“The president’s reform blueprint, while bold and courageous, is a first step – leaving a lot of work to be done,” Blumenthal said. “The president was eloquent and inspiring in setting a new direction, and showing that we can protect privacy and preserve national security. Now the work for Congress will be to provide precision and details that enable effective intelligence but prevent government overreach in collecting telephone data or other surveillance.”
“I’m glad the president is implementing many of my ideas to rein in government surveillance, but there is no substitute for an open and honest debate about these issues in Congress,” said Sen. Jon Tester (D-Mont.), who has pressed for repeal of the Patriot Act. “Too many questions remain about the reach of intelligence agencies into Americans’ private lives. Striking the right balance between national security and civil liberties is difficult, but the burden of proof must fall on the government and not on Americans going about their daily lives.”
Sen. Bernie Sanders’ (I-Vt.) likewise said Obama’s remarks “did not go far enough.”
“I am concerned about the chilling effect such wholesale surveillance has on Americans’ everyday activities. I do not want writers, students and even our children worried that that the books they read, the Internet sites they visit, the petitions they sign will be conceived by the government as anti-American or dangerous,” Sanders said. “Let me be clear: In my view terrorist acts against the United States and other countries remain a serious threat and we have to do everything we can to protect our safety, but I am convinced we can do that without undermining the privacy rights of the American people.”
Rep. Joe Barton (R-Texas), co-chairman of the Congressional Bipartisan Privacy Caucus, said he doesn’t see how letting the private sector hold metadata is any better. “My question — how does this, in any way, limit the invasiveness of this program?” he asked. “While I appreciate the president’s efforts to find a solution, I still do not believe this gets to the root of the problem.”
“The government should not target everyone and violate your 4th Amendment rights just because of a handful of threats. The facts simply don’t justify the mass collection of telephone numbers, call durations, and email and text messages of our citizens,” Barton said. “In my opinion, moving this type of data collection to the private sector creates even more risks by making this type of information vulnerable to data breaches and cybersecurity attacks. Instead, we should actually abide by the law and only collect data on those who appear to be a threat to our national security.”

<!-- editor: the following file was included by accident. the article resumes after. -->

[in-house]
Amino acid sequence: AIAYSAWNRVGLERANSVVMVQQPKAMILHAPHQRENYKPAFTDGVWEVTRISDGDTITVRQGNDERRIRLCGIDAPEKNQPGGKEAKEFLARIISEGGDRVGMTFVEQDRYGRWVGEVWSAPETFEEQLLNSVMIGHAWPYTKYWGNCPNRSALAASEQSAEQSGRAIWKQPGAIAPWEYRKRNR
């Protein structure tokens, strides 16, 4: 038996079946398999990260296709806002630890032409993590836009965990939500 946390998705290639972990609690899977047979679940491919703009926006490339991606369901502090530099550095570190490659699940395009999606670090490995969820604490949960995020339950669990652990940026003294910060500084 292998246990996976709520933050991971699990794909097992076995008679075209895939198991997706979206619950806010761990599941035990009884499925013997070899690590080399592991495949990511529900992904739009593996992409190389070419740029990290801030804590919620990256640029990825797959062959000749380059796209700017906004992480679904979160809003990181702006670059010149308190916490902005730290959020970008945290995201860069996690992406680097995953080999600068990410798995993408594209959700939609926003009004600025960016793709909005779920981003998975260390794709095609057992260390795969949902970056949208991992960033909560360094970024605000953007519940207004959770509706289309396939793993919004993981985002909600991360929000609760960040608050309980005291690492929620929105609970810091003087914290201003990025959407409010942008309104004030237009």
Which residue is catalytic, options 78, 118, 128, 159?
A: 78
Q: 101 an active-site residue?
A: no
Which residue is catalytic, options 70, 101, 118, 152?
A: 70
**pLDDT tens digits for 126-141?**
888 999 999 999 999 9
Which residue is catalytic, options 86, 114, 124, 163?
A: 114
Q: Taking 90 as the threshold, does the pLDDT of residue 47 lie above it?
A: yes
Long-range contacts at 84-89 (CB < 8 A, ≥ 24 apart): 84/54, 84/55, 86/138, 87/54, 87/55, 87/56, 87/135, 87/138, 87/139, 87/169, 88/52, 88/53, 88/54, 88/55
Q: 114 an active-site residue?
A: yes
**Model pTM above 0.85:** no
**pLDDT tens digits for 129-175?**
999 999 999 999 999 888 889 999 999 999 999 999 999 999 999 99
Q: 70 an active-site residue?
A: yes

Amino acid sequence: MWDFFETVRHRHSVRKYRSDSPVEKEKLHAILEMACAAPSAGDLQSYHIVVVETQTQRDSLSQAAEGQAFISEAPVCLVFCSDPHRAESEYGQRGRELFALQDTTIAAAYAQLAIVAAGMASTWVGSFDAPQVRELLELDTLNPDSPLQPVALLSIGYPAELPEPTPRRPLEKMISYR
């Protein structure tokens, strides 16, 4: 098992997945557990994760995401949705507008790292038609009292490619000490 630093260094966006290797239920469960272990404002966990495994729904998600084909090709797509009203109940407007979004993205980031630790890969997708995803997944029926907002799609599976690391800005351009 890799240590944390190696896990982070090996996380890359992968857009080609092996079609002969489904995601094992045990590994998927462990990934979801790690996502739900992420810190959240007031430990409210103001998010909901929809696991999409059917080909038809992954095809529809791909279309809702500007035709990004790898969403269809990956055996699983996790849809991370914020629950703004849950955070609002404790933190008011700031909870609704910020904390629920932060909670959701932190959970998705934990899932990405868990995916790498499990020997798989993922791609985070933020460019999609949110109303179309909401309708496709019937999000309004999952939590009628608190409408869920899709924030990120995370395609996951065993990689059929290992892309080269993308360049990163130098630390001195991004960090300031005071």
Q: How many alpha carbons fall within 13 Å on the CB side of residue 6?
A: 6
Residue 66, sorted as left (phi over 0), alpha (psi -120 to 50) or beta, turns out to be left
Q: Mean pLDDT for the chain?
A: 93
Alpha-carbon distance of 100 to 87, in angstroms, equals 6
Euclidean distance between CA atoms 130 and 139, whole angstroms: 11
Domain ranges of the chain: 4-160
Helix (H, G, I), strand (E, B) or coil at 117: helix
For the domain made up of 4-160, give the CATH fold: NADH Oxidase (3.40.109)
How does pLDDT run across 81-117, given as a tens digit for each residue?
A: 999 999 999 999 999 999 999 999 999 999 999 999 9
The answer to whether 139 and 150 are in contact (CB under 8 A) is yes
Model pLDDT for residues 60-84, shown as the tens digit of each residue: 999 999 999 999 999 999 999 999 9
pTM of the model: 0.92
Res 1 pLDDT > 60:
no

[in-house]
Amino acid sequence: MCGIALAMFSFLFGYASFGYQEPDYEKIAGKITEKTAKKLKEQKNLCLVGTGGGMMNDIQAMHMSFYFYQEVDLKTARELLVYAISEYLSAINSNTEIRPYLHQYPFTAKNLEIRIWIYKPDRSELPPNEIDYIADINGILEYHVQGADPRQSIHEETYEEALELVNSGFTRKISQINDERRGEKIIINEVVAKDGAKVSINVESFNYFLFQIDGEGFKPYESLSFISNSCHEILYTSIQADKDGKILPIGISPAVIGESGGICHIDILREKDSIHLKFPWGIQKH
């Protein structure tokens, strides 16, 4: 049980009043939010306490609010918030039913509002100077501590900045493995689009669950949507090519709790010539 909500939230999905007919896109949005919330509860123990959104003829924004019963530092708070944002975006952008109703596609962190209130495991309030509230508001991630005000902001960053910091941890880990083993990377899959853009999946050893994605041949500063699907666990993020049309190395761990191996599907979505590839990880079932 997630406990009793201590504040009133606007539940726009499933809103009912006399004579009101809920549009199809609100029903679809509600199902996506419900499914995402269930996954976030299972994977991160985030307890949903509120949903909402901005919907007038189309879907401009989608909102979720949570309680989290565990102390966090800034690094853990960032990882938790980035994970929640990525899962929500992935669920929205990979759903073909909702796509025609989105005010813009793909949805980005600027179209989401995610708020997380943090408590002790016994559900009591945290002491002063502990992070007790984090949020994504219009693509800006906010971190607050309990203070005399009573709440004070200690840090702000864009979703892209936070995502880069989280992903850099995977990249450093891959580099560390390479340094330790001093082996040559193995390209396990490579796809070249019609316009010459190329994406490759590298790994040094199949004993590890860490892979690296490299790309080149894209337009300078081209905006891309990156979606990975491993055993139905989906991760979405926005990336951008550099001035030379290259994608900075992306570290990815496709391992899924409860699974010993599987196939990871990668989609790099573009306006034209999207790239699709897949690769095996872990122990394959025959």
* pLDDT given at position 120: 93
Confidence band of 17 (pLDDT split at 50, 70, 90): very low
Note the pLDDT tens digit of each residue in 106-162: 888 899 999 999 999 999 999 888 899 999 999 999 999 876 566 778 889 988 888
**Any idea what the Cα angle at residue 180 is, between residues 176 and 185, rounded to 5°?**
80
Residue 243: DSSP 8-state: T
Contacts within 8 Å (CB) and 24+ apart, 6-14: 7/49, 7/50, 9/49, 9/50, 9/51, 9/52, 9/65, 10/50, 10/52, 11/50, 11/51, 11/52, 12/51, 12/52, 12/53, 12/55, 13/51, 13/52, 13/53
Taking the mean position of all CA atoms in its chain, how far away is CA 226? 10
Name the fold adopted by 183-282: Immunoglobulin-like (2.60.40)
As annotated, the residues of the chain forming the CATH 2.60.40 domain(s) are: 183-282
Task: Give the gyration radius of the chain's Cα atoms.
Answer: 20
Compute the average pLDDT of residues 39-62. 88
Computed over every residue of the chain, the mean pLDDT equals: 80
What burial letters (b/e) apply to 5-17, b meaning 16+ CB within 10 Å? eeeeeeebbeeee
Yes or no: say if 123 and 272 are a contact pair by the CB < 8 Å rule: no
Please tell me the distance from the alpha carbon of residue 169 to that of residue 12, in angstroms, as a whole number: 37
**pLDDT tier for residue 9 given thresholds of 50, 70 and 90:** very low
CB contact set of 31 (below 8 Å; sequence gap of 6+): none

A senior administration official said this morning that the White House is still tinkering with how to do this.
“There is the issue of providers holding this data, which of course would require additional work to ensure that there’s appropriate privacy safeguards as well as the ability for us to meet our national security requirements,” the official said.
“There’s been a recommendation of a third party that doesn’t currently exist, so by definition that would take further time and study to determine how we could establish that capacity. And then there’s the question of what the intelligence community can do with their other existing programs to ensure that we have the capability to map terrorist connections without the government holding this data.”
“The bottom line here is that we are ending the program as it currently exists because the government will no longer hold this telephone metadata. And to give people assurance that we are moving immediately in the spirit of that recommendation, we are no longer querying that metadata absent judicial review. I’d also note we’ll be working with Congress on this given the interest in congressional committees, and so they will be a part of our efforts to reform this program.”
Rep. Justin Amash (R-Mich.) stressed that “nothing the president said today will end the unconstitutional invasion of Americans’ privacy.”
“The president said that the era of secret law will continue, that the court decisions that have contorted Congress’s limits on surveillance into broad authorizations will remain secret—but the intelligence officials who have executed mass surveillance and lied to Congress will, in their discretion, release some of the rulings as they see fit,” Amash said.
“Congress must do what the president apparently will not: end the unconstitutional violation of Americans’ privacy, stop the suspicionless surveillance of our people, and close the era of secret law.”